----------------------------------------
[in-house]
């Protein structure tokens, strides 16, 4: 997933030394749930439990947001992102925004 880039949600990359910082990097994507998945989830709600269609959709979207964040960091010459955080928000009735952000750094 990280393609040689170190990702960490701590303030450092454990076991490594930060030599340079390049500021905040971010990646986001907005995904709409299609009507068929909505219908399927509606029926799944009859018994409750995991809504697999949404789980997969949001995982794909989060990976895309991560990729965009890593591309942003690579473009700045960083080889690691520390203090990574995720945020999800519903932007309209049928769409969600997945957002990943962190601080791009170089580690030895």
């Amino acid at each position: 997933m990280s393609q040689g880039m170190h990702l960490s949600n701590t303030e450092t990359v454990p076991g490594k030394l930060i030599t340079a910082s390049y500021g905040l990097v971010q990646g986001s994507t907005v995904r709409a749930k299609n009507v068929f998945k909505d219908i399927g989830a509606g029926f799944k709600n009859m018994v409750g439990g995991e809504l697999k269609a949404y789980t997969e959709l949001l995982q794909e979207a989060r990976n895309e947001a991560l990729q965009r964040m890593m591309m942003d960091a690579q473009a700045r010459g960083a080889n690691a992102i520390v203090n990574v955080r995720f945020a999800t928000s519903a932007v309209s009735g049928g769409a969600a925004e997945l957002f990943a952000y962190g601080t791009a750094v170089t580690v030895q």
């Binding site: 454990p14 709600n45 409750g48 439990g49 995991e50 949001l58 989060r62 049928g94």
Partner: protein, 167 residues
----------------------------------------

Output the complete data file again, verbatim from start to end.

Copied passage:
[in-house]
């Protein structure tokens, strides 16, 4: 997933030394749930439990947001992102925004 880039949600990359910082990097994507998945989830709600269609959709979207964040960091010459955080928000009735952000750094 990280393609040689170190990702960490701590303030450092454990076991490594930060030599340079390049500021905040971010990646986001907005995904709409299609009507068929909505219908399927509606029926799944009859018994409750995991809504697999949404789980997969949001995982794909989060990976895309991560990729965009890593591309942003690579473009700045960083080889690691520390203090990574995720945020999800519903932007309209049928769409969600997945957002990943962190601080791009170089580690030895």
């Amino acid at each position: 997933m990280s393609q040689g880039m170190h990702l960490s949600n701590t303030e450092t990359v454990p076991g490594k030394l930060i030599t340079a910082s390049y500021g905040l990097v971010q990646g986001s994507t907005v995904r709409a749930k299609n009507v068929f998945k909505d219908i399927g989830a509606g029926f799944k709600n009859m018994v409750g439990g995991e809504l697999k269609a949404y789980t997969e959709l949001l995982q794909e979207a989060r990976n895309e947001a991560l990729q965009r964040m890593m591309m942003d960091a690579q473009a700045r010459g960083a080889n690691a992102i520390v203090n990574v955080r995720f945020a999800t928000s519903a932007v309209s009735g049928g769409a969600a925004e997945l957002f990943a952000y962190g601080t791009a750094v170089t580690v030895q």
């Binding site: 454990p14 709600n45 409750g48 439990g49 995991e50 949001l58 989060r62 049928g94």
Partner: protein, 167 residues